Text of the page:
The morning closed with the celebration of the Eucharist with Bishop Brian Dunn of Antigonish as celebrant.  His homily for this Feast of the Assumption focussed on the special place of Mary in the church and our place as CWL.  The Visitation is a story of women who recognize signs of God in each other and both give praise to God.  They put aside personal agendas and give of themselves to each other. I was especially touched by Bishop Dunn’s reference to ecumenism, to Jesus’ desire for unity.  He mentioned a document from the official Anglican/Roman Catholic Dialogue Mary Grace and Hope in Christ. Marian dogmas and Marian devotional practices have often been problematic in ecumenical dialogues.  The document gives due attribution to Mary, to her place in Scripture in the framework of theology of faith and hope.  Mary is our best example of relationship and service and of our goal of union with Christ forever. The Mass collection of $3,650.83 will be split between the WUCWO well project and the Halifax Hospice.

The WUCWO luncheon featured a delicious meal and a most inspiring talk by Rita Janes on Laudato Si, which she described as an invitation to change our hearts.  Her lively and humorous style gave us an excellent overview of the encyclical.  She mentioned the WUCWO Fatima resolution on water which came two years before Laudato Si and said the Pope heard the women’s voice from Fatima.  She reminded us of the disgrace of boil water orders in her home province and the appalling prevalence of such orders in First Nations communities across Canada.  The encyclical calls for a change of heart, an ecological conversion and sends an urgent message that the most affected by indifference to our earth are the poor.  We are responsible as we are called to till AND CARE for the earth.  In the encyclical we have a religious vision in connection to an ecological issue, a challenge not a text and the important reminder that “The cry of the Earth and the cry of the Poor are one.”  Rita spoke about a conference on climate change involving scientists, economists and theologians which recognized that this encyclical based on science adds a moral theological dimension that transforms it from a mind issue to a heart issue. The Pope does not make people feel guilty but gives reasons for hope and optimism.  “Humanity still has the ability to work together to build our common home”.   We are capable of the worst but able to do the best if we allow God’s grace to work.  We need to trust young people who are ecologically sensitive.  Rita posed the question:  “What kind of world do we want to leave to our grandchildren? The encyclical issues an invitation to us to take action to care for our common home, to experience a change of heart and asks how can we develop the relationship with creation that St. Francis had as witnessed in the beautiful Canticle of the Sun sung at our opening Eucharist.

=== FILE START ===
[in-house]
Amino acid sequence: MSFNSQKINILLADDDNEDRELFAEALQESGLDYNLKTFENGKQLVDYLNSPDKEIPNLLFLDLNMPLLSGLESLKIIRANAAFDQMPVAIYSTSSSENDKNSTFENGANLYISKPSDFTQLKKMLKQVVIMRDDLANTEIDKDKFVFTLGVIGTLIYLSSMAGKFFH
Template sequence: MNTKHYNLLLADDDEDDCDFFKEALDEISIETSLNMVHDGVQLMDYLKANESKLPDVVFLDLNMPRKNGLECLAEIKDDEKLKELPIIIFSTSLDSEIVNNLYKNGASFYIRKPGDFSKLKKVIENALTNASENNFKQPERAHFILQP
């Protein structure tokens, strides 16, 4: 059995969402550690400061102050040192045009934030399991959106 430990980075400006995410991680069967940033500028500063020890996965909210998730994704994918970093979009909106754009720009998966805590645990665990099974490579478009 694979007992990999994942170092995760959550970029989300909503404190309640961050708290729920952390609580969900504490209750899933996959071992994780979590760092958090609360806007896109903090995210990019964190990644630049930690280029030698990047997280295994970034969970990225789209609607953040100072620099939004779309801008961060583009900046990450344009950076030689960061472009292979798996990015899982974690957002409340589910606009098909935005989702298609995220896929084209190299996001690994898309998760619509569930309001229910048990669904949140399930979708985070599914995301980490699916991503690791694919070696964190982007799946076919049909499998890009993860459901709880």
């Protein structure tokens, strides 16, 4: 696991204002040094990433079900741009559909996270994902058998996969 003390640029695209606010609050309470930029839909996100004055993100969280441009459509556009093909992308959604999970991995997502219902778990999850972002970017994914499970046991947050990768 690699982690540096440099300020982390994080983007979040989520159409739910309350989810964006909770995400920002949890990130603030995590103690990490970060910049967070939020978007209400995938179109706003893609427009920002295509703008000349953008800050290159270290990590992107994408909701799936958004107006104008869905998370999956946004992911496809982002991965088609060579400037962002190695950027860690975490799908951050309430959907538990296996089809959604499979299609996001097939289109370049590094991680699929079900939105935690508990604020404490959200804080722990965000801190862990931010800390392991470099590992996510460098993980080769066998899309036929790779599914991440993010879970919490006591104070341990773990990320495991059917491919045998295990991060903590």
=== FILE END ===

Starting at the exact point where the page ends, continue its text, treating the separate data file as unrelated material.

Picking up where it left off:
The afternoon session opened with the traditional Memorial Service for deceased Members and Spiritual Advisors.  Later a special memorial tribute was given to recently deceased Honorary Life Members, Mary Matthews 1974-76 and Lucille Cullen 1990-92.

Honorary life members present were recognized and given a yellow rose corsage.

The convention was declared open for business and the first item after greetings, correspondence, approval of agenda, minutes, and rules of order, credentials report, introductions of executive and committees, was the Provincial Presidents’ reports.  8 of the 11 Presidents reported.  The Reports were concise, informative and each had some items that would spark interest in members.  Have I roused your curiosity?  Read these great reports at your leisure on the website or in the fall League magazine! The session closed with the prayer service “Merciful like the Father” based on the prodigal son story from Luke.

The evening was given over to fun with a delicious Lobster dinner at The Shore.  Members heeded a speaker’s advice given at the opening ceremonies, and ate lobster (two each) or chicken and enjoyed what Nova Scotia had to offer.  We ate; we listened to entertaining music; we sang; we danced (some of us) and we enjoyed talking with friends at dinner and on the bus ride to and from The Shore.

Tomorrow our pilgrimage of mercy.